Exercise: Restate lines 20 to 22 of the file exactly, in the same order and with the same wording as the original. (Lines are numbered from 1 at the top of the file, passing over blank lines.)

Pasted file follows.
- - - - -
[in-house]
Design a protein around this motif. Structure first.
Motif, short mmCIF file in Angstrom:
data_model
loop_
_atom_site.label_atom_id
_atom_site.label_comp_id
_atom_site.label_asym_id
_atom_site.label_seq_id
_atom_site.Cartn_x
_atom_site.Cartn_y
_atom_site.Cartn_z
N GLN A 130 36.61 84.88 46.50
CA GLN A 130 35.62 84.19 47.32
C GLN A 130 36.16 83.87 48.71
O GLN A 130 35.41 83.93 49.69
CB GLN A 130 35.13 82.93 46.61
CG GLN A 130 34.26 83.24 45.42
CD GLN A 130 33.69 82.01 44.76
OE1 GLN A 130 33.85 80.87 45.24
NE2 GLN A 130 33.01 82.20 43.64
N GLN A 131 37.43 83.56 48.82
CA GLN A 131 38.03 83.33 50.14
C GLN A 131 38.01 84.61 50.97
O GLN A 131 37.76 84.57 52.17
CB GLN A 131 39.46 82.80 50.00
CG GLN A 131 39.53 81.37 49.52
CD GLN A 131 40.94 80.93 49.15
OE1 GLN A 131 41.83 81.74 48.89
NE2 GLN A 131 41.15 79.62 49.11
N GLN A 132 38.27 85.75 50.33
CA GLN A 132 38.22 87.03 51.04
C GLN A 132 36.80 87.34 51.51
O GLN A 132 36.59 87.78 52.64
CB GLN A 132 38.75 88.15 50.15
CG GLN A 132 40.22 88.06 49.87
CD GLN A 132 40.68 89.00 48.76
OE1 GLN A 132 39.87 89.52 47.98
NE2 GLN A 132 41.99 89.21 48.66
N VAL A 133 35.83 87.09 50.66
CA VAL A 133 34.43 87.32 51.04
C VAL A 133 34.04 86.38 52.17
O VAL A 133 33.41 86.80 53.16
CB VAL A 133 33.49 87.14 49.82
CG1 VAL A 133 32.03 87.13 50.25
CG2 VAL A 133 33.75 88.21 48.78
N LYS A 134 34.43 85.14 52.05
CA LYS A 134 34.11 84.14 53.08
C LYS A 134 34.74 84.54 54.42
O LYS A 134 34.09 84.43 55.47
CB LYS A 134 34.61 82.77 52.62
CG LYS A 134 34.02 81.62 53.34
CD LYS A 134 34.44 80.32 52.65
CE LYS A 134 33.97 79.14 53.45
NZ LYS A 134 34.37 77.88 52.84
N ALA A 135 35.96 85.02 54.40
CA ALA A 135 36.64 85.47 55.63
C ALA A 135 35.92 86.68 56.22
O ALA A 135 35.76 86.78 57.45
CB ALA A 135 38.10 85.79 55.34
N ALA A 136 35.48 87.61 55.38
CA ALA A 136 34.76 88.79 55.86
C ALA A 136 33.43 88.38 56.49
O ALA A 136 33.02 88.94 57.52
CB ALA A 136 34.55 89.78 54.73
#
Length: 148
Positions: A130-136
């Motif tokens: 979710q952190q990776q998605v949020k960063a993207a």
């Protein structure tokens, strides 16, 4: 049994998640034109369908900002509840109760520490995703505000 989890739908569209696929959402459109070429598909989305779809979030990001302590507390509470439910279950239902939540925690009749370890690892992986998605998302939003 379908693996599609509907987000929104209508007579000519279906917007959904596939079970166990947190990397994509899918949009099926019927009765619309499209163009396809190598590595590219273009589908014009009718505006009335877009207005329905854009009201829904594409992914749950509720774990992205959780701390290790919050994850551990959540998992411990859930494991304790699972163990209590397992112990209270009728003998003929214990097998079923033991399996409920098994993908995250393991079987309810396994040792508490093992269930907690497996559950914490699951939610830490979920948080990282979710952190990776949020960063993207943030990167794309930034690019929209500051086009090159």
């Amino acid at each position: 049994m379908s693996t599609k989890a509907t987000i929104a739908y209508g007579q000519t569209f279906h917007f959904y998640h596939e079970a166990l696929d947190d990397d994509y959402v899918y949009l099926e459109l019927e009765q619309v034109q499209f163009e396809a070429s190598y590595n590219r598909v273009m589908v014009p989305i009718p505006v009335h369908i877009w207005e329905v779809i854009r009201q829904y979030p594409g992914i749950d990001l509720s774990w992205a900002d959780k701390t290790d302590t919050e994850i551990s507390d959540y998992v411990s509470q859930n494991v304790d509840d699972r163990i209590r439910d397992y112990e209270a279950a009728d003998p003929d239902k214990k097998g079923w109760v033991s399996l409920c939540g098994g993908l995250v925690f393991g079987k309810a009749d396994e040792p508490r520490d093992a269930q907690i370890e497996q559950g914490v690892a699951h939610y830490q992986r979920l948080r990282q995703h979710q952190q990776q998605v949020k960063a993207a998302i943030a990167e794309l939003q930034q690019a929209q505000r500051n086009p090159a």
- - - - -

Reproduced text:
OE1 GLN A 130 33.85 80.87 45.24
NE2 GLN A 130 33.01 82.20 43.64
N GLN A 131 37.43 83.56 48.82